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THE TIMES - reviewed by Amanda Craig

Darren Shan’s Demonata series needs nerves of steel even before you’ve opened the snarling, glow-in-the-dark covers. Grubbs Grady’s parents invoked a magical family bargain in the hope of saving their daughter from turning into a werewolf. Poor Grubbs found them eviscerated in the first book, and went mad. Sent to live with his uncle and half-brother, he, too, discovered he could only save the ones he loves by playing chess against a demon in Lord Loss.

Having won in the first book, he ought to be happier in Slawter, but, as he warns us, there are no fairytale endings. Uncle Dervish still suffers from appalling nightmares, so it’s a bit silly of him to hook up with a cult horror-movie director to advise her on how to make a film about demons. Grubbs and his half-brother Bill-E come along as extras to the village of Slawter, and soon find that the special effects are just a bit too bad not to be true.

As grossly entertaining as ever, Grubbs’s cynical teenaged voice carries the story along like a bat out of hell. There is an obnoxious child-star, Bo, who turns into one of those feisty heroines, and a rather predictable climax, but the most memorable character is the obsessive director, Davida, bent on creating an immortal horror film. Inevitably, she discovers that, when supping with the Devil, YOU are your just desserts.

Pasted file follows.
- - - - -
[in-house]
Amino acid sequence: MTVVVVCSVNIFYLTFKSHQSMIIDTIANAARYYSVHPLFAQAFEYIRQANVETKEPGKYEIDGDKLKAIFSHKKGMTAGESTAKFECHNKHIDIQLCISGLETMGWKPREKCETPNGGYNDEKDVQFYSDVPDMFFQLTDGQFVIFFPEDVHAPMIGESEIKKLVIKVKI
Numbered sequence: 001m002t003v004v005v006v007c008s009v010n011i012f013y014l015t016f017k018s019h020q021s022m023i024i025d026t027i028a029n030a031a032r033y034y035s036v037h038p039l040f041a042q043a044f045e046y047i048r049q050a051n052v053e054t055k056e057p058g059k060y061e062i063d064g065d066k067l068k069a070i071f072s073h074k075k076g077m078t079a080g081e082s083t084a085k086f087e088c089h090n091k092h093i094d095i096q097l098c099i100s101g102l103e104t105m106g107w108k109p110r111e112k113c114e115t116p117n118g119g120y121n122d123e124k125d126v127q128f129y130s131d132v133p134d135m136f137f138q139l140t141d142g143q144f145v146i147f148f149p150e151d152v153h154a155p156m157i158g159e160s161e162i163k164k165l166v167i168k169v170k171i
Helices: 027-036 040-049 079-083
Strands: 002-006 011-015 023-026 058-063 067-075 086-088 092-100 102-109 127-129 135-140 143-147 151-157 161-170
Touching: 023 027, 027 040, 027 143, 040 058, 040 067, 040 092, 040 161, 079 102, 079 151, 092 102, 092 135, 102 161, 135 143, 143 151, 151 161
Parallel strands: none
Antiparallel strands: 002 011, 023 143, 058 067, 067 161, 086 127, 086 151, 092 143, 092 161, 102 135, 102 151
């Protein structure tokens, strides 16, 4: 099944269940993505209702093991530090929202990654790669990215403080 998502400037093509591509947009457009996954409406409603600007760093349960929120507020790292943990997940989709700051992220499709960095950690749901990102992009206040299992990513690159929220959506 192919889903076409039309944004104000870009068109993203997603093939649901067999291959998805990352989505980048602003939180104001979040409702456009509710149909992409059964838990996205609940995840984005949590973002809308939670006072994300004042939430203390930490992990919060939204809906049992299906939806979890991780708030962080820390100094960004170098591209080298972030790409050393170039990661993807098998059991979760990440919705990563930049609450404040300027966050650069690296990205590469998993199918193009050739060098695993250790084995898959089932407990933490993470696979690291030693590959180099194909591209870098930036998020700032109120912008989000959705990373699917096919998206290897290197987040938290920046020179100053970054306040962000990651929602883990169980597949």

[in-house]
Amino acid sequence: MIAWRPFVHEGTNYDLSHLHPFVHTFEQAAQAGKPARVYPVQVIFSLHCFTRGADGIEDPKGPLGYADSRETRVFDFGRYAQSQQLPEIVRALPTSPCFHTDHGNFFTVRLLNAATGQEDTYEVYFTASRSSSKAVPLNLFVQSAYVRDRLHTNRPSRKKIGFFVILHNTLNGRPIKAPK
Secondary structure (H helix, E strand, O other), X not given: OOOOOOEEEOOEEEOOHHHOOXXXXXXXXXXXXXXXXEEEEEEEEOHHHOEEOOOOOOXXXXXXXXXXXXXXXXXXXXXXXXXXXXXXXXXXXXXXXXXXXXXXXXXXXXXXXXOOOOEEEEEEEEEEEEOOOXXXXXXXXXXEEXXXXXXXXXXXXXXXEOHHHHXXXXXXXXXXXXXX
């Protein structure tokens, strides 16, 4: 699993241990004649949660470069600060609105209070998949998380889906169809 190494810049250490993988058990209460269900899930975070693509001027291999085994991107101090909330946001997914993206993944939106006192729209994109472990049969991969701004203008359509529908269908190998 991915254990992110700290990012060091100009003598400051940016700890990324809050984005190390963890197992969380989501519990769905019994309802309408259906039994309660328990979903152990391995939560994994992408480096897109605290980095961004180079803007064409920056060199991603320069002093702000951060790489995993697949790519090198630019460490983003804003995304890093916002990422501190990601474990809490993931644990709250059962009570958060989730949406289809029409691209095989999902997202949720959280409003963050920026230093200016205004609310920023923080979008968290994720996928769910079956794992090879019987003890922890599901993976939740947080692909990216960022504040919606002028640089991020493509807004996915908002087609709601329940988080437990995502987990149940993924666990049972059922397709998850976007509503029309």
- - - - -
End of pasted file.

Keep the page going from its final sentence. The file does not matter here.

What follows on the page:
Both Delaney and Shan share an interest in salvation and redemption, and you can hear the oral tradition of Celtic storytellers in their hypnotic prose – just as you can in Eoin Colfer and Herbie Brennan, whose latest thrillers will also be springing demons on us later this year. Strong imagination may, as Shakespeare said, make us suppose a bush a bear but we all love a chill down the spine during these hot, midsummer nights.







© Darren Shan 2005. All rights reserved.